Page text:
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To Shut or Not to Shut?

October 14, 2011

I recently had a conversation with my sister-in-law (who blogs over at “Confessions of a (Not-So) Domesticated Newlywed”) about “nagging” our husbands. Actually, we were discussing how difficult it is for wives (well, most of us, anyway) not to hold grudges with our husbands, not to remind them of past mistakes, and not to keep record of wrongs.


I was honest with my SIL and said that I try NOT to do these things, but even after 12 years of making mistakes, hurting my husband with my words, and learning how to communicate better, I still have the tendency to fight back with my tongue. (By the way, my sweet SIL did most of the listening while I did the venting!)


There are nearly 100 verses in the Bible about the tongue, a small but deadly part of the body. James probably says it best:


“Likewise the tongue is a small part of the body, but it makes great boasts. Consider what a great forest is set on fire by a small spark. The tongue also is a fire, a world of evil among the parts of the body. It corrupts the whole person, sets the whole course of his life on fire, and is itself set on fire by hell. All kinds of animals, birds, reptiles and creatures of the sea are being tamed and have been tamed by man, but no man can tame the tongue. It is a restless evil, full of deadly poison. With the tongue we praise our Lord and Father, and with it we curse men, who have been made in God’s likeness. Out of the same mouth come praise and cursing. My brothers, this should not be. Can both fresh water and salt water flow from the same spring? My brothers, can a fig tree bear olives, or a grapevine bear figs? Neither can a salt spring produce fresh water.” (James 3:5-12, NIV)


Ouch. If that wasn’t blunt enough for you, consider Proverbs 27:15-16: “A nagging spouse is like the drip, drip, drip of a leaky faucet; You can’t turn it off, and you can’t get away from it” (MSG).


Double ouch. I definitely do not want to be the drip, drip, drip in my husband’s life. Even though I had momentarily forgotten about these lessons while I “vented” to a listening ear, I have somewhat learned a few lessons over years of marriage about taming my tongue when it comes to my spouse.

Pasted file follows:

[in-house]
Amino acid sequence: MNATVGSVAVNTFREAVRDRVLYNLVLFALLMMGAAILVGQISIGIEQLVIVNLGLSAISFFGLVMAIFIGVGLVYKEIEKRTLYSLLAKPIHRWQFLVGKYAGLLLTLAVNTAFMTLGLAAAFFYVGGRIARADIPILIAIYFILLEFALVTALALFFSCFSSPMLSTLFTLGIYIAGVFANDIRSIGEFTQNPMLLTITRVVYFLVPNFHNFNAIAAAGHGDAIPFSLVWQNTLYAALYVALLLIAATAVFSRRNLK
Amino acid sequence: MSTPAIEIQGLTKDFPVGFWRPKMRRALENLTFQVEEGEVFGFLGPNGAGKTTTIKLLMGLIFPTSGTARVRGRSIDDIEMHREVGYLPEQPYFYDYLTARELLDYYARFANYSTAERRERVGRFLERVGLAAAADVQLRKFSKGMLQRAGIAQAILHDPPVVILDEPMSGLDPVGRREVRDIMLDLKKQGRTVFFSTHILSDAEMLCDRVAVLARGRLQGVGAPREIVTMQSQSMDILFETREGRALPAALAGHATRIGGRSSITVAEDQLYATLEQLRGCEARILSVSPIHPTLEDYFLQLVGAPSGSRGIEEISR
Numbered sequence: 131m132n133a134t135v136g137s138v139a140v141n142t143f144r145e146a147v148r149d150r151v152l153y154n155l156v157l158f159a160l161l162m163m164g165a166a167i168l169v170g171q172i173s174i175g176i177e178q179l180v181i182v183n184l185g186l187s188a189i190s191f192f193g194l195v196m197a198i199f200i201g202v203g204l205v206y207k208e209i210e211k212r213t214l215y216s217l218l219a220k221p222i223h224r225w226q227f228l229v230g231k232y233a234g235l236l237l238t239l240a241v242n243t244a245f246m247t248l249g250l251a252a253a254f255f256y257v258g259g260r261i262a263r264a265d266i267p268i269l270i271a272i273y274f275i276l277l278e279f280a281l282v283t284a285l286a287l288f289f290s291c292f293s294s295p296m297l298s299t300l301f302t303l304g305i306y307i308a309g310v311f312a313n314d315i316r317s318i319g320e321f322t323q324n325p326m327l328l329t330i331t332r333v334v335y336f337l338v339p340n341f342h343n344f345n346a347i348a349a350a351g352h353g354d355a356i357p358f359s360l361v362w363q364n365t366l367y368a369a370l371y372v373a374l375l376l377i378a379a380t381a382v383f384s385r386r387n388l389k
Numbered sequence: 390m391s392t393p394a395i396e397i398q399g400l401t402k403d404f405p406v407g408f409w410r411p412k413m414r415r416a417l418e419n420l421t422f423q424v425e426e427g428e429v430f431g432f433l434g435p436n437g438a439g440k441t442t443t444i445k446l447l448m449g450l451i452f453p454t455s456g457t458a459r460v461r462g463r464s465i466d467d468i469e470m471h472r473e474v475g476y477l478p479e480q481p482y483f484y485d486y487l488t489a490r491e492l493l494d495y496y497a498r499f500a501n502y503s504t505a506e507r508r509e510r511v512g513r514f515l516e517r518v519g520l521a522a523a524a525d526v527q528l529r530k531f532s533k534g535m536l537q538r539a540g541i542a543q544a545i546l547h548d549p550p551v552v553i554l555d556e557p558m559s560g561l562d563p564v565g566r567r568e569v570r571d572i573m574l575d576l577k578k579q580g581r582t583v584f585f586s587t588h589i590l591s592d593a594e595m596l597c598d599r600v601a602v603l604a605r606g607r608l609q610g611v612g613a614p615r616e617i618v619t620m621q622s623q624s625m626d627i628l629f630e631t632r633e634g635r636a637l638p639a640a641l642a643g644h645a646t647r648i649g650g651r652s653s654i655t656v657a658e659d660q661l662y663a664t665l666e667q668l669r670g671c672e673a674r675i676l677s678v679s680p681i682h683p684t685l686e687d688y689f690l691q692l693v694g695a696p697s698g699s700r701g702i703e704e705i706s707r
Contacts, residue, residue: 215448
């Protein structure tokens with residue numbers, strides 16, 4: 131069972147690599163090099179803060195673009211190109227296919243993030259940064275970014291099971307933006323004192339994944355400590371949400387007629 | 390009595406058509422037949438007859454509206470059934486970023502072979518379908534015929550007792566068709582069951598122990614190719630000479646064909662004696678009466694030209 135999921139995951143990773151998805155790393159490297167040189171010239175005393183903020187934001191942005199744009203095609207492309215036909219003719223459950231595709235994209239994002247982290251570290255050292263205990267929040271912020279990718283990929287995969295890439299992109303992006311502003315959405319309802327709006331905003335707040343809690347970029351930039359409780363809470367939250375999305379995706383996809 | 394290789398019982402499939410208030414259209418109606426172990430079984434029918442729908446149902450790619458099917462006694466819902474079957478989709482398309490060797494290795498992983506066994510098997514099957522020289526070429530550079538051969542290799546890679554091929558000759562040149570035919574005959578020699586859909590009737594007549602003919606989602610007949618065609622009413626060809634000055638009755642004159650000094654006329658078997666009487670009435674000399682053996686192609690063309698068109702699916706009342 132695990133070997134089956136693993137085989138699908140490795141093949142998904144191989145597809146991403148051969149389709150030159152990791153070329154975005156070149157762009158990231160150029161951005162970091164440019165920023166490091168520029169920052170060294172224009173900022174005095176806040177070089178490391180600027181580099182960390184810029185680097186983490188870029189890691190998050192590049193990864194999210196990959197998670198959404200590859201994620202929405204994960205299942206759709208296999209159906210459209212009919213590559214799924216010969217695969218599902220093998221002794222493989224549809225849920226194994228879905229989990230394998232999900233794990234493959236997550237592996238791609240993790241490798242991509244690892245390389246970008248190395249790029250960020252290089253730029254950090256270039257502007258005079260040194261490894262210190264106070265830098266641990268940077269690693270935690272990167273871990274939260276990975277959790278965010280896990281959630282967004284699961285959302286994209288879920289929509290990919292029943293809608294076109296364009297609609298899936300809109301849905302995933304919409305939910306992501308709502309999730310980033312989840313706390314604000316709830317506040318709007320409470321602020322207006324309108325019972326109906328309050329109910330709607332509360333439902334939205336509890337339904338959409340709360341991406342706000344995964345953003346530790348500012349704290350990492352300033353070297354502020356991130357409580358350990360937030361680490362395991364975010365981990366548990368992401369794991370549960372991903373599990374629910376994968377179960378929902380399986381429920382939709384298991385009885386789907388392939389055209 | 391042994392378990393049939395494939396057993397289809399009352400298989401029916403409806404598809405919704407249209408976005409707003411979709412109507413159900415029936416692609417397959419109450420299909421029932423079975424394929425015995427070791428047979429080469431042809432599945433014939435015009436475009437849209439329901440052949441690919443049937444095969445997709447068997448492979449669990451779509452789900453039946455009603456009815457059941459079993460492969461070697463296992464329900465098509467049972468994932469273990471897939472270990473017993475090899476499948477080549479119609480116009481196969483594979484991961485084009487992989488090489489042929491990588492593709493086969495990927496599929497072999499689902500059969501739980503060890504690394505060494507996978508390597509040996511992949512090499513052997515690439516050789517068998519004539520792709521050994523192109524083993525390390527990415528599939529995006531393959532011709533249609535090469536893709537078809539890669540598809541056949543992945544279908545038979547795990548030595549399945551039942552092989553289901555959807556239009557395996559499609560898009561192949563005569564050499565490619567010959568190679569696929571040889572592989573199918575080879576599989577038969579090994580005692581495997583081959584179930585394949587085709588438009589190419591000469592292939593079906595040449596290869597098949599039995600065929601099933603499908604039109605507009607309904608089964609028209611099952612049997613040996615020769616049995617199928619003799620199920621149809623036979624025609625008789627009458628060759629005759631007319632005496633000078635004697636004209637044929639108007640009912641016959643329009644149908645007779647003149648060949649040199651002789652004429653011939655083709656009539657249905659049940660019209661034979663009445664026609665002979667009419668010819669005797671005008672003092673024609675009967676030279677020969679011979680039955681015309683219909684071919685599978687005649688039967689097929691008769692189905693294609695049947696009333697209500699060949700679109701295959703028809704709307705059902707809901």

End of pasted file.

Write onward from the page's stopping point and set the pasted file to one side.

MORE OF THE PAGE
1. Take a deep breath.
My husband and I rarely have arguments; we like to call them “discussions.” However, whenever they have turned into arguments, it is because I have set the situation on fire with a spark from my tongue. When my husband is speaking, and I feel my emotions rising and I know I am about to ignite a string of hateful words … I take a deep breath. Why? Because that split second gives me enough time to think before I speak. Let me get even more specific: I take a deep breath with my mouth SHUT. Yes, through my nose, I inhale a loooooong breath of air. This gives me enough time to think. It wouldn’t be good enough to say “think before you speak.” We all know that’s true, but doing it is another story. Taking a breath helps me to remember and do exactly that.


2. Ask myself what my purpose is.
Girls, I gotta say, this is a toughie. I am a first-born personality woman who has learned to roll with the punches, to become much more laid back, and to go with the flow (thanks to the Holy Spirit, I must say). However … I can become very Type-A and spit fire when I feel defensive, argumentative, and want to be right. So as I’m sucking in air with my mouth closed (see above), I ask myself “Am I going to say what I am about to say because I care more about being RIGHT or because I care more about my husband and being a loving wife to him?” And honestly, sometimes I know what I should do, but I still choose to be “right,” no matter the cost. Sometimes I choose to die on the limb that is meaningless to anything in life, but I want to be right … I want to have the last word … I want my position, my feelings, my thoughts to be known.


3. Think about how to say the words.
If I know I am going to say my next few sentences in a sarcastic, mean, demeaning, insulting, unloving, disrespect, angry way, then guess what? I probably don’t need to say them! Or I need to learn to say them in a nicer way. What I say may not be as important as how I say it. I may have a very valid point that my patient, good listening husband would lend an ear to—if I said it in a kind, loving, calm way.


4. Think about whether or not I am accomplishing God’s will for our marriage or our family.
This is similar to #2. Am what I about to say accomplishing God’s will for my life, my husband’s life, our marriage life, or our family life? If not, then does it truly need to be said? Will my words uplift others in a godly way or will they only seek to destroy relationships? Will they benefit others or will they only be said for the sake of grumbling and arguing?


5. Think ahead.
Again, in that split second of taking a deep breath (or two or three), think about how this discussion or argument or exchange of words will end. Will it end peacefully? Will there be reconciliation and/or forgiveness? Will it be extended overnight and into the next day? Will it cause a wedge in your relationship that will lead to worse things? Will it cause Satan to get a foothold where otherwise he could not? I like to think ahead to how I want this situation to end. Then I can keep my big mouth shut in order to accomplish it.


• • • • • • •

Wives, the question is: To shut or not to shut? Our mouths, that is! Whether you are a glowing newlywed like my SIL or have many years of marriage under your belt, this may be an area where most women struggle. If you don’t believe it, go to an online Bible search engine and type in “tongue” in the search box. Read all the precautions and instructions God gives us about our tongues.


Please share other tips of encouragement
for wives concerning this area of our lives.

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